10 Tips For Better High School Baseball Photos

Ten Tips To Help You Make Better High School Baseball Photos

As the winter comes to a close the baseball season will start to heat up. Monday I wrote a post with 10 Tips for better baseball photos you can read that post here. That post was aimed more at people shooting at the college and pro levels. With this post I would like to cover some more of the basics of how to cover a baseball game. A high school baseball game presents some unique challenges, but also offers some great access as well. These are not all inclusive tips, but they will help you get started photographing a high school game. Here are ten tips that I think will help you improve your high school baseball photography.

  1. Shoot through the fence – If you at a high school baseball field then the chances are that you have a lot of fence in between you and the action. One thing that a lot of beginners cannot realize that they can do is to shoot through the fence. The photo above was made shooting through a chain link fence directly behind home plate. The trick to doing this is to put your longer lens right up against the fence preferably centered on a hold. If you have your aperture set to wide open (a lower number) you can make most of the fence disappear. You can see some artifacts in the bokeh of the fence, but the fence does not show up over my subject. Shooting through the fence can give you more options as well as give you some cool photos that have depth to them.

2. Shoot with the sun at the players back to reduce shadows on the face – The hat on a baseball player can create a terrible shadow on the face of your players. One way to reduce that shadow is to shoot with the player backlit. That is to say that they sun is at their back. You can then have an even light on their face.

3. Vary your position – One way to change how your photos look is to move around the field. Because this is written more with the beginner in mind I thought that I would go over a couple of shooting positions and explain what I try and shoot from them.

1st Base Line

  • Right handed batter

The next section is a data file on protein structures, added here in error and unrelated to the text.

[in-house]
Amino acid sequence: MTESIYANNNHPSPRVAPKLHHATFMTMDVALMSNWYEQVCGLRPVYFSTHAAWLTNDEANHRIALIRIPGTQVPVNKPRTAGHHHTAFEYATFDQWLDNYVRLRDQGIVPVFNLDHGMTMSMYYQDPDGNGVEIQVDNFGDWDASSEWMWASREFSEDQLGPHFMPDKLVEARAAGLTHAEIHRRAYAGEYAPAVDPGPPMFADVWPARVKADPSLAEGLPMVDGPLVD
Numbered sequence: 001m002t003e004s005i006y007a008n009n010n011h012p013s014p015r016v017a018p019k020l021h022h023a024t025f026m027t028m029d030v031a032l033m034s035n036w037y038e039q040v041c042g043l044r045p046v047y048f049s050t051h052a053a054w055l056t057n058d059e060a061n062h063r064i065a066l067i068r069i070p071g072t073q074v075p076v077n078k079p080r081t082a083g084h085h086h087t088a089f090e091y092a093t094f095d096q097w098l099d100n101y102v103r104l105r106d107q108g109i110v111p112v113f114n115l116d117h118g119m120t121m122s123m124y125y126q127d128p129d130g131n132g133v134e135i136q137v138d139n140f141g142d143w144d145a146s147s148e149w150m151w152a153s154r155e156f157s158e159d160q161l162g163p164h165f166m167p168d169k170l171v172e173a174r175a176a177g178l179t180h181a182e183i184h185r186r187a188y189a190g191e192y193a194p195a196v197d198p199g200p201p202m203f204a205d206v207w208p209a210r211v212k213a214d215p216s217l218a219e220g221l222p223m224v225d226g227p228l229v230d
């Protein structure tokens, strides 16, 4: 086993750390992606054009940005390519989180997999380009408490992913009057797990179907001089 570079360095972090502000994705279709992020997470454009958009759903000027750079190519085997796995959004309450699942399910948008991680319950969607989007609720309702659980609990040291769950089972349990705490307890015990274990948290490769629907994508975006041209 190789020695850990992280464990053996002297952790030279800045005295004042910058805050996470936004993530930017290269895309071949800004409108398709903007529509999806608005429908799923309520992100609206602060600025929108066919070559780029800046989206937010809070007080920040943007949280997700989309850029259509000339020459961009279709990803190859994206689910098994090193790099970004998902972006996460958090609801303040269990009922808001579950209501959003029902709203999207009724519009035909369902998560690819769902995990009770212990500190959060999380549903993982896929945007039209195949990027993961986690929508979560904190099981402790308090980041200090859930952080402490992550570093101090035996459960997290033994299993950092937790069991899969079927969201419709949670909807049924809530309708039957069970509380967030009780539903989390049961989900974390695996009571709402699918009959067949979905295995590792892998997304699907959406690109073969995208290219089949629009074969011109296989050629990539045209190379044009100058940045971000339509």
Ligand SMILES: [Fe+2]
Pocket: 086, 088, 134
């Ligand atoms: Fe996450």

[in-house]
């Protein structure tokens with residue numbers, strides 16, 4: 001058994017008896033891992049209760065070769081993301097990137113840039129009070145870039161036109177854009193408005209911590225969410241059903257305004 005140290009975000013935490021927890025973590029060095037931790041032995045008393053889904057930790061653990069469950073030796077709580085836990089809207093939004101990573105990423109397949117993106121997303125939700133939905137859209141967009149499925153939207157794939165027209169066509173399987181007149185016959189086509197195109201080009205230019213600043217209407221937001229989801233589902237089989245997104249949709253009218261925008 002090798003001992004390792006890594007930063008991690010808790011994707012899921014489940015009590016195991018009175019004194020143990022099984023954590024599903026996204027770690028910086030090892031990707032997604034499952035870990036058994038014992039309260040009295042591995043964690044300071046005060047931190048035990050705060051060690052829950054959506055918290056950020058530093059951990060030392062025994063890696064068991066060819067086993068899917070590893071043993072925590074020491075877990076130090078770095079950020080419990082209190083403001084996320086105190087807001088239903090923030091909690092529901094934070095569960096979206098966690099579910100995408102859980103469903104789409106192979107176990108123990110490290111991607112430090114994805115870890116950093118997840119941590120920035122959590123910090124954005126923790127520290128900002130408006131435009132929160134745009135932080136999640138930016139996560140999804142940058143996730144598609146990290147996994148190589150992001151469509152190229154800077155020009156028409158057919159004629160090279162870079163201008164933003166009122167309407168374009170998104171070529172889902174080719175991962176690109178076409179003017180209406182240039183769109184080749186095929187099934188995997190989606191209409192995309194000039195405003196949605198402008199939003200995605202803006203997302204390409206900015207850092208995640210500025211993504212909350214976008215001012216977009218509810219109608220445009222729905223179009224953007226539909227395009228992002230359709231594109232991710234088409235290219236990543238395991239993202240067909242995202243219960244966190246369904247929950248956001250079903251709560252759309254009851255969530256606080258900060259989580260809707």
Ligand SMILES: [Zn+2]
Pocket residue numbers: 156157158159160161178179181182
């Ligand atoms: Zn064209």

• Left handed pitcher
  • Left handed batters follow through
  • Fielding photos of the shortstop and the third baseman
  • A head on view of the double play throw to first
  • A runner’s dive back into first base
  • The catcher throwing to second base (once an inning at least in warm ups)
  • A good view of the runner scoring from third
  • The batter running to first

3rd Base Line

  • Right handed pitcher
  • Left handed batter
  • Right handed batters follow through
  • 1st and 2nd base fielding
  • 1st baseman fielding throws at first
  • Double plays and steals at second base
  • A good view of the catcher during a play at the plate
  • A good view into the home plate celebration after a home run

Center Field

  • A view back into the batter more like the TV view we are used to
  • Plays at second base
  • Plays in the outfield

Behind the Plate

  • A classic view of the pitcher head on
  • Fielding plays by the infield
  • Plays at the plate

Those are just a few possibilities from each position. Part of the fun of shooting a baseball game is finding new places to make photos from. These are a good starting point for you to work on though.

4. Don’t Forget the Jube – Jube is a term I learned somewhere for the jubilation of the moment. Often you will be so excited to see if you got the shot of the big play that you will be looking at the back of your camera right away. That is often when the best part of the play is happening. Follow the player all the way back to the dugout or their position. You never know when the big moment will lead to a big celebration. The jube is my favorite part of sports, and is why I shoot them to begin with.